Nearly half of all cancer deaths are linked to preventable risk factors (Photo: iStock)

The chance of being diagnosed with some sort of cancer increases as age advances. In fact, the global burden of cancer appears to be on an exponential path. Every day, more people get diagnosed with cancer.

Others continue to be on several treatment modalities in attempts to cure or control their cancer. Unfortunately, deaths from cancer also continue to rise, despite medical advances in treatment approaches.

The main causes of cancer are fairly well understood. You may be surprised to know that a recent publication has brought to light the fact that nearly half of all cancer deaths are linked to preventable risk factors. You read that right, yes, cancer can be prevented in many cases.

The referenced publication is a global report that indicates the highest contributors to cancer are smoking, alcohol and high body mass index (BMI). Of concern, obesity (high BMI) has contributed the highest to cancer deaths in the last decade. This is more so in lower-income countries.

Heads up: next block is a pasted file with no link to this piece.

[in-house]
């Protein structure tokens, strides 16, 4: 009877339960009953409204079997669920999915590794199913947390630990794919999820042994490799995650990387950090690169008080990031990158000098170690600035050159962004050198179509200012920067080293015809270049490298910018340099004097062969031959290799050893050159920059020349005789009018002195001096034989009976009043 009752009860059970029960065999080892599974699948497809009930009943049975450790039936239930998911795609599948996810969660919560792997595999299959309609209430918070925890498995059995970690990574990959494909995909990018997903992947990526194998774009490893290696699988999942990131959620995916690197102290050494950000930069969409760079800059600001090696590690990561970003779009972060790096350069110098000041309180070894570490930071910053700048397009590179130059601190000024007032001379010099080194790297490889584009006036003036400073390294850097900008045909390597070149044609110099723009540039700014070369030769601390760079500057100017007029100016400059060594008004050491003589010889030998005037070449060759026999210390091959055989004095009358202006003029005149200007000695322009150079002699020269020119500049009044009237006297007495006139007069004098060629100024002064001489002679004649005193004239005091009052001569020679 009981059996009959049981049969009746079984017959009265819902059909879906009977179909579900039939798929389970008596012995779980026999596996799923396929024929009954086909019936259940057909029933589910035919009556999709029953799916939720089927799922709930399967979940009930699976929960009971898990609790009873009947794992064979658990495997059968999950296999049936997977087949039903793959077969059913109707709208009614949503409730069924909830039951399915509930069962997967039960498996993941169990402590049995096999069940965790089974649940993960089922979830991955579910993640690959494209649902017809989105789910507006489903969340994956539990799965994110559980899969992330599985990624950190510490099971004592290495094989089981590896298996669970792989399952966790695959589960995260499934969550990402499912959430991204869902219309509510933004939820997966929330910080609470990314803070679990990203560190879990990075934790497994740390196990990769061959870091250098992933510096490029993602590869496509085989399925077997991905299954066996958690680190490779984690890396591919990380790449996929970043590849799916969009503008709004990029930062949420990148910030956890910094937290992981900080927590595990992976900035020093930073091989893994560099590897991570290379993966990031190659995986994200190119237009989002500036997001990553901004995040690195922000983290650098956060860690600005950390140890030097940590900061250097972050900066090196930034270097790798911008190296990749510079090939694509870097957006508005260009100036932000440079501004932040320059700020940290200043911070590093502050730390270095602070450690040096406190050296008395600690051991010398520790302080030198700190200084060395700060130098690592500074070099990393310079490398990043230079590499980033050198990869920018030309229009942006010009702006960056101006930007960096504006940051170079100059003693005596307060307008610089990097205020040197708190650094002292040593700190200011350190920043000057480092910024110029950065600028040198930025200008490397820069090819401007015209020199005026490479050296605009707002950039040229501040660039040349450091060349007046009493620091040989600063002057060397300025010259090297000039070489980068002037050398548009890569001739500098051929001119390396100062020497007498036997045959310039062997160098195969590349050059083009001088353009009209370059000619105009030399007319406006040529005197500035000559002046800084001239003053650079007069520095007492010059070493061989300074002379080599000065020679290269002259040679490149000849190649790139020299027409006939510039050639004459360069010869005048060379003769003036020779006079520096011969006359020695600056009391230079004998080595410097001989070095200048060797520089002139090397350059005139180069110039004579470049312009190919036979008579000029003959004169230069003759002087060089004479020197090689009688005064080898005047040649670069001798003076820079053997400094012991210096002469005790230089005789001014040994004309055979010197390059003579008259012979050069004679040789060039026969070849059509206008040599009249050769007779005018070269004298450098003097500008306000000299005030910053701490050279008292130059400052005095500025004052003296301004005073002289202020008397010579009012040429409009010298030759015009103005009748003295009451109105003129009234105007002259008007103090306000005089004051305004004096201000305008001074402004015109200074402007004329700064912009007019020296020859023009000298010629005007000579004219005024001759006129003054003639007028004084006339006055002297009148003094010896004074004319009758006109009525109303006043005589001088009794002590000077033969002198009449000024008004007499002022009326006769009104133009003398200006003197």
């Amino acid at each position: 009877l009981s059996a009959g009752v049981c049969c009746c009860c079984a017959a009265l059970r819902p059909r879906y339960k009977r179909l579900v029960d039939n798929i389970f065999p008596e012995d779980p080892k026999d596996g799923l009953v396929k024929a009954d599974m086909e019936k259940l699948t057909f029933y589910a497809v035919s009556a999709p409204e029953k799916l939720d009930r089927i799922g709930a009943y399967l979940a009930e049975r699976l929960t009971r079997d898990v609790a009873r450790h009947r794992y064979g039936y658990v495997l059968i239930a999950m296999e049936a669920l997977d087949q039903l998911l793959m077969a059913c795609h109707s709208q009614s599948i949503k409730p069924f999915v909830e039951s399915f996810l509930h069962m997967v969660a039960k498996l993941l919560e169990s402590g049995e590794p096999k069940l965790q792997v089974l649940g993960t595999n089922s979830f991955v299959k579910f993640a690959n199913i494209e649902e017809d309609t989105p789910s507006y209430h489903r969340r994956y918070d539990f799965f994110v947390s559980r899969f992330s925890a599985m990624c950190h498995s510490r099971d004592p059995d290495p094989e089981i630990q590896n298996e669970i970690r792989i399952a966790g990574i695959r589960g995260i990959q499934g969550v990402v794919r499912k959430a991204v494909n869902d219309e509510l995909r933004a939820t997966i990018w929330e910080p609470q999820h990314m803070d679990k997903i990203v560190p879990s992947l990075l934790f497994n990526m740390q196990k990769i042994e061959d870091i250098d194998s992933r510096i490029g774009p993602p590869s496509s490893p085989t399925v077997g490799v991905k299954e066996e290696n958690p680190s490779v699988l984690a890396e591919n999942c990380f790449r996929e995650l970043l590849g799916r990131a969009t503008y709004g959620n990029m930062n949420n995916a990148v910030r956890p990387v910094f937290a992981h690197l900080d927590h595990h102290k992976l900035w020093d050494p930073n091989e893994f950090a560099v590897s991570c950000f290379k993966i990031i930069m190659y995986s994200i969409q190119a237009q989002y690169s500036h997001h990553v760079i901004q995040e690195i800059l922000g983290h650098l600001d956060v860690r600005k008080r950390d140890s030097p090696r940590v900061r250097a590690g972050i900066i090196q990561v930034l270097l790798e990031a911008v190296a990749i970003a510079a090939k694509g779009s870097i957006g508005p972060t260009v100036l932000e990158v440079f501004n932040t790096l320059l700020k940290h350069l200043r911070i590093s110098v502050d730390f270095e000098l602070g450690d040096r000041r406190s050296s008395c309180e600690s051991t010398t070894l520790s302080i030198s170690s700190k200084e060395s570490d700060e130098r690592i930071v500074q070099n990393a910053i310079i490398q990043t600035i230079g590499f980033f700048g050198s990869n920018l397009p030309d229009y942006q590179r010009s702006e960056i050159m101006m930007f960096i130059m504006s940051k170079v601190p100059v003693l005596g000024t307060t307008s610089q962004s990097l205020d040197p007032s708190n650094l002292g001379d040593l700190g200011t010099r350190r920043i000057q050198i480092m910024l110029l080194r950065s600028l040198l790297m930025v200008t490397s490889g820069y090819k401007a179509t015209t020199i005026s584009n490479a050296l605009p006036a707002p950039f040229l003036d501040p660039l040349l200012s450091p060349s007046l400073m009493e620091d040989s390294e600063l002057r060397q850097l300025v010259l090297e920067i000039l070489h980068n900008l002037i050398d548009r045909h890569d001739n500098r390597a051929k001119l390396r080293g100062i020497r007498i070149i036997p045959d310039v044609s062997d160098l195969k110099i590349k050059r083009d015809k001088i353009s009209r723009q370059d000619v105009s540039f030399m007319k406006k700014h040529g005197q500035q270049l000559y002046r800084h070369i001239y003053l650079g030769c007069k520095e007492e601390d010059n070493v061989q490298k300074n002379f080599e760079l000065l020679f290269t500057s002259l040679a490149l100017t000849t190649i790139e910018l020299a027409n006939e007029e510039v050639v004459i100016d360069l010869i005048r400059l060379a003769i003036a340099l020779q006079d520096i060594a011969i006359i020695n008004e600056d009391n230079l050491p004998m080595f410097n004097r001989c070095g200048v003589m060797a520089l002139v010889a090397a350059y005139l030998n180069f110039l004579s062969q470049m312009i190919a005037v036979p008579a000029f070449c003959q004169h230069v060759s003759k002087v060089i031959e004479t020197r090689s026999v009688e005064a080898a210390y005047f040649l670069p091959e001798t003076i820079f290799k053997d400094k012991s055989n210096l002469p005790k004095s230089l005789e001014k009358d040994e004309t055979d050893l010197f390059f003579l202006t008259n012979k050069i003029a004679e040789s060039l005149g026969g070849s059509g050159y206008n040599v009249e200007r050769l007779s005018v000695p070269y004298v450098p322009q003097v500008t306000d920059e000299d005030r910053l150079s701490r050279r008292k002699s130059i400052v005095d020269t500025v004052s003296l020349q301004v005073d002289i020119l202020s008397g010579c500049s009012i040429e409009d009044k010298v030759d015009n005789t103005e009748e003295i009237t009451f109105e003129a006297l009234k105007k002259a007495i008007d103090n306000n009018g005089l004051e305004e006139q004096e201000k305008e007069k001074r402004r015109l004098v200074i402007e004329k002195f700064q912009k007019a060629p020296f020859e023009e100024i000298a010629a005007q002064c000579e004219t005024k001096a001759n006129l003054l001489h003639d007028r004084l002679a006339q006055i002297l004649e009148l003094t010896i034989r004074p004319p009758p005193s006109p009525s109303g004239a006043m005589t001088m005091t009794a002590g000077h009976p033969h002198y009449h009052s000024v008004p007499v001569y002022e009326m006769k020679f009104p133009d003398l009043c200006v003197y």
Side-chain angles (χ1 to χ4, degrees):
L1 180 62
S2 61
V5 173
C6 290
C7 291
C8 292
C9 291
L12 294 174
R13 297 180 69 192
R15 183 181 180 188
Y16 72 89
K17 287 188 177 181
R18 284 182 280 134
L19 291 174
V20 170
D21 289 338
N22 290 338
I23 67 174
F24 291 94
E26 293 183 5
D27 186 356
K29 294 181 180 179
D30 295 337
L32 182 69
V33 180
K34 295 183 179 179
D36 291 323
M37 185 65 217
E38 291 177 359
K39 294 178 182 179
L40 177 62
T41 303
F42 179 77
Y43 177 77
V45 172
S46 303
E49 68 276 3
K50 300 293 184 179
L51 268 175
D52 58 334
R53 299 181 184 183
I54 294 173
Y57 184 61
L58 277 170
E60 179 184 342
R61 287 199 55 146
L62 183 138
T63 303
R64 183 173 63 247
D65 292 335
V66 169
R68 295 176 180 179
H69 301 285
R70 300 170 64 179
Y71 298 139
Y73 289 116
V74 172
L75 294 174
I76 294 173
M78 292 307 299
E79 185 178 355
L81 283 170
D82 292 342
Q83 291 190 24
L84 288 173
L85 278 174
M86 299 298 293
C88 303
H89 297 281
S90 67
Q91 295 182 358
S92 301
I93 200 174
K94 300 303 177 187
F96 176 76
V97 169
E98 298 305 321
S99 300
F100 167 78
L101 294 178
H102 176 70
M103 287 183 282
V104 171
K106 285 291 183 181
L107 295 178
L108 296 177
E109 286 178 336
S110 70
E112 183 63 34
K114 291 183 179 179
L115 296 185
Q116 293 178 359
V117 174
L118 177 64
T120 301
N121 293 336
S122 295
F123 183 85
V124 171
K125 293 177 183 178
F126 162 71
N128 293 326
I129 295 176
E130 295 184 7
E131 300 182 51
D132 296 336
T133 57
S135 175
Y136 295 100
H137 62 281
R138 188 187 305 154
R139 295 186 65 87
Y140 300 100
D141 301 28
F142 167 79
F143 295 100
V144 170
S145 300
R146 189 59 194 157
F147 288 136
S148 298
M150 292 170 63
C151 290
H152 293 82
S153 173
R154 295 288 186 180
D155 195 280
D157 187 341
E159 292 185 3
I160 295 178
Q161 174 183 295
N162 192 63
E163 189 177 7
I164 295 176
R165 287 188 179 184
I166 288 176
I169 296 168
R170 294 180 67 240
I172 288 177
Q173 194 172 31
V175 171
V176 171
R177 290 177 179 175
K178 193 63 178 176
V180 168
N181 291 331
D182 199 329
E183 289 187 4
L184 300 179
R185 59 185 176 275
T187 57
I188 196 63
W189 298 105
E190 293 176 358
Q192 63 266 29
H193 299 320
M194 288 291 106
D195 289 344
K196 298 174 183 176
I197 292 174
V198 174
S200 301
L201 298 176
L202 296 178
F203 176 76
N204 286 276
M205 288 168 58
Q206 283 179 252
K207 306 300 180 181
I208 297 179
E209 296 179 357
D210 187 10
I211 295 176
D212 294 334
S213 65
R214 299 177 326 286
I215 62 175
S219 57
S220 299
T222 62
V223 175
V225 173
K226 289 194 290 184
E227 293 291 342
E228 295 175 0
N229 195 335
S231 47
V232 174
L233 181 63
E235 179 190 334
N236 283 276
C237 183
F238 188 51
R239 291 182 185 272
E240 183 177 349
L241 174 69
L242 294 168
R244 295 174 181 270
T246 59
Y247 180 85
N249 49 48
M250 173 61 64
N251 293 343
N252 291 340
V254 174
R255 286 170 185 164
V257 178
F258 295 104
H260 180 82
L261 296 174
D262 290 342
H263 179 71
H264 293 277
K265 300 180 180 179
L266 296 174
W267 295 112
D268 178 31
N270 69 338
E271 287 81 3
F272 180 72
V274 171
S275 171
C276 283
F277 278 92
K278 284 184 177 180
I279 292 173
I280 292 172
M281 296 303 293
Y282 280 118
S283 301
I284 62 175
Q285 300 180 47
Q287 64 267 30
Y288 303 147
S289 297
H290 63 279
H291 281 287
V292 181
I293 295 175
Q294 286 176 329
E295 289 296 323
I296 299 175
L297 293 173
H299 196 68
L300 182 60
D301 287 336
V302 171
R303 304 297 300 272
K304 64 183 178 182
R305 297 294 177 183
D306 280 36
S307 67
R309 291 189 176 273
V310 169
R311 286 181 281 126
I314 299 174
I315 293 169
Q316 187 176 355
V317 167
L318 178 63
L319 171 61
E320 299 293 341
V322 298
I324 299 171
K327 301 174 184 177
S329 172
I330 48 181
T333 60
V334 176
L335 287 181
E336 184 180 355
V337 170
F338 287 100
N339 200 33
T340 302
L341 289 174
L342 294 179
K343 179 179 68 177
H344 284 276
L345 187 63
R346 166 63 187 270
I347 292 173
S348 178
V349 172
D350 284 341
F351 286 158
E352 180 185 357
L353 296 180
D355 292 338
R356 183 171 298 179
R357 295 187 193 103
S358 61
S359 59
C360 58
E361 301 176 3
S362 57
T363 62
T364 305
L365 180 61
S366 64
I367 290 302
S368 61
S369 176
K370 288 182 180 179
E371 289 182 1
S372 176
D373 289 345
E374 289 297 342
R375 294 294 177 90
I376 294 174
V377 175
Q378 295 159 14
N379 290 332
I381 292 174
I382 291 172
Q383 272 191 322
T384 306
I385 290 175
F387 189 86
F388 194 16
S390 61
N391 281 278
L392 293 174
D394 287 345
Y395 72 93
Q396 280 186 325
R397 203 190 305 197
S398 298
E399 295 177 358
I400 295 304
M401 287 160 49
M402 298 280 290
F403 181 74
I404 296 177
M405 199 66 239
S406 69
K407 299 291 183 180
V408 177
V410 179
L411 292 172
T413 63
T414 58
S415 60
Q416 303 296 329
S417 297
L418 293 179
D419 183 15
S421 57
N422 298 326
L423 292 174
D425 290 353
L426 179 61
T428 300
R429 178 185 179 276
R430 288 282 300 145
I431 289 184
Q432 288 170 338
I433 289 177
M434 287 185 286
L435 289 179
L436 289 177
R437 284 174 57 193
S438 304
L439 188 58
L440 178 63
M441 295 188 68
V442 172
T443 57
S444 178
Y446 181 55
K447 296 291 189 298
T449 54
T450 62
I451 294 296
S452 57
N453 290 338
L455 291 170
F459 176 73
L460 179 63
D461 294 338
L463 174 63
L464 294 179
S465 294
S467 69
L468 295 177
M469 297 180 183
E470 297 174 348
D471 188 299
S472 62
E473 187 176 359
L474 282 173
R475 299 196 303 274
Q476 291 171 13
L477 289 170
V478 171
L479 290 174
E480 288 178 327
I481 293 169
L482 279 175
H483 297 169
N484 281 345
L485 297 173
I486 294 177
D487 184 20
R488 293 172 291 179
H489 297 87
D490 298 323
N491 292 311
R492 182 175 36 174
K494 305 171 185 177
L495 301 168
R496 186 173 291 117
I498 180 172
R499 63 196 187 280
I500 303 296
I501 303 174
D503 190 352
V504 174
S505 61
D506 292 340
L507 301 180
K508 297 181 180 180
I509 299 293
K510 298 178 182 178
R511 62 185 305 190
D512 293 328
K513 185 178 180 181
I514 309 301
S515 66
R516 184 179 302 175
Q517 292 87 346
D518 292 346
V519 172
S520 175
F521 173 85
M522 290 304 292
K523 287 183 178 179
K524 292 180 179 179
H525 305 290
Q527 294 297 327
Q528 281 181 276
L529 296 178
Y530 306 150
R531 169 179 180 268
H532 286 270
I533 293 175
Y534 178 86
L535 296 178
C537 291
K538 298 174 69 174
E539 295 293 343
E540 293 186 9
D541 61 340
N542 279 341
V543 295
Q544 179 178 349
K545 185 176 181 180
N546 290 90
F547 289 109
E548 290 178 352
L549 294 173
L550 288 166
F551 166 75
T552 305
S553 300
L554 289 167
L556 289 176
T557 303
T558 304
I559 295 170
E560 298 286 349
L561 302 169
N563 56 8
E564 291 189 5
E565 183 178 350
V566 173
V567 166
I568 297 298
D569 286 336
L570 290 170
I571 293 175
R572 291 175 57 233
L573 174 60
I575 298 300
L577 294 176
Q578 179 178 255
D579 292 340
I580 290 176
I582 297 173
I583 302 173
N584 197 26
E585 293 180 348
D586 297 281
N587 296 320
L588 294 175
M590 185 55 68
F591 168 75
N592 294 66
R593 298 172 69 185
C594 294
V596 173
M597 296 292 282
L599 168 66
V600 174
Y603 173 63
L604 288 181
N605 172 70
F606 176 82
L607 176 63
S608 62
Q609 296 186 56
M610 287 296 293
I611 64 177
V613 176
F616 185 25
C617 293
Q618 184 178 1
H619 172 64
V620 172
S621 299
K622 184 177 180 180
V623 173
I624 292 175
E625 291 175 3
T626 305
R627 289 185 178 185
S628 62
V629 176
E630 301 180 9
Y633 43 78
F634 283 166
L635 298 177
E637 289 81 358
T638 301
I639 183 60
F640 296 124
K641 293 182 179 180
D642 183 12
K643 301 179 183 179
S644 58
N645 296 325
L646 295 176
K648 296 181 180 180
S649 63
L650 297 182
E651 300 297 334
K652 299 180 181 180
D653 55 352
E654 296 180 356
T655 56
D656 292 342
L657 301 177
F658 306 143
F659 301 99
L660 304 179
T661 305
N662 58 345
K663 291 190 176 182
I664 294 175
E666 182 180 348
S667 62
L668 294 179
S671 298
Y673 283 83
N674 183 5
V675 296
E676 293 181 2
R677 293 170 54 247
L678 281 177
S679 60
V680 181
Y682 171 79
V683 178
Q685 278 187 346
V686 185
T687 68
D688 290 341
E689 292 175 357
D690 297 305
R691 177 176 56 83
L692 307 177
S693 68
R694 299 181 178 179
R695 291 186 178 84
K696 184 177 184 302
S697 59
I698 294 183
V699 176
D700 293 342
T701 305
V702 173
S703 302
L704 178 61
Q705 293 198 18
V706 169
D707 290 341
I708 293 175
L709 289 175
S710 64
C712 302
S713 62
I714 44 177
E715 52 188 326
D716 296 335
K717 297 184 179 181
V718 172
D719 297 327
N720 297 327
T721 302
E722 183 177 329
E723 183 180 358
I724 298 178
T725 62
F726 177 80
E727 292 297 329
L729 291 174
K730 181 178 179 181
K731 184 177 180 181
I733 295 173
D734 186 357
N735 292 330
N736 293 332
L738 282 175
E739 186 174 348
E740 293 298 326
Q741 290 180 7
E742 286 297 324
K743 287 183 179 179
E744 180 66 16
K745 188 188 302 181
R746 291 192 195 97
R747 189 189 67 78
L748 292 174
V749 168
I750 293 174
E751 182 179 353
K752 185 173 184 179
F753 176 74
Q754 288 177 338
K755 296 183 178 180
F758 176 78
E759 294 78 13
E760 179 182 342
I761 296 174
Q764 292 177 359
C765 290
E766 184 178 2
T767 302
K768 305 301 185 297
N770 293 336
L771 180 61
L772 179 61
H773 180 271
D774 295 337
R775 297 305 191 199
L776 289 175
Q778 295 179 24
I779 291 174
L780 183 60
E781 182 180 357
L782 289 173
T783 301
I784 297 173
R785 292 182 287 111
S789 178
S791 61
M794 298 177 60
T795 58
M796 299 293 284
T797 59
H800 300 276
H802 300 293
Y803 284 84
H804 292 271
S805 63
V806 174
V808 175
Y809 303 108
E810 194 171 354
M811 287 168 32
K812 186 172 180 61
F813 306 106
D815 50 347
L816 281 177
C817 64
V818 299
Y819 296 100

Why is this important? The data brings to prominence that a substantial proportion of cancer is preventable. This is both at a national health policy level, and crucially at an individual level as well.

It is obvious that adjusting your lifestyle can limit the risks of getting cancer. Don’t smoke, but if you already do, stop it (or seek appropriate help to help you stop). It’s best not to drink alcohol at all. But if you do, take steps to limit how much you drink. How to control your weight is obvious. Eat right, and keep yourself physically active.


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But there are other strategies as well for preventing cancer. You probably have heard about various cancer screening tests. Easy examples are screening for cervical cancer in women and prostate cancer in men.

The aim is usually to detect very early stages of cancer and act pre-emptively. There are also vaccines that prevent some infections that can eventually lead to cancer. The HPV vaccines, applicable to adolescents (and even those older), can prevent cancers of the cervix and the back passage. Still other vaccines are available against viral conditions like Hepatitis B, which can predispose one to cancer of the liver.

So there you are. You have more than one strategy to guard yourself against cancer. It doesn’t at all mean that you will never get afflicted. Maintain a heightened sense of health awareness. If you notice symptoms that aren’t easy to explain, or are persistent, getting a thorough check sooner than later should be your default.

An eventual cancer diagnosis, paired with early initiation of treatment, and with the right specialists, gives you the best of chances.

Dr Alfred Murage is a Consultant Gynaecologist and Fertility Specialist.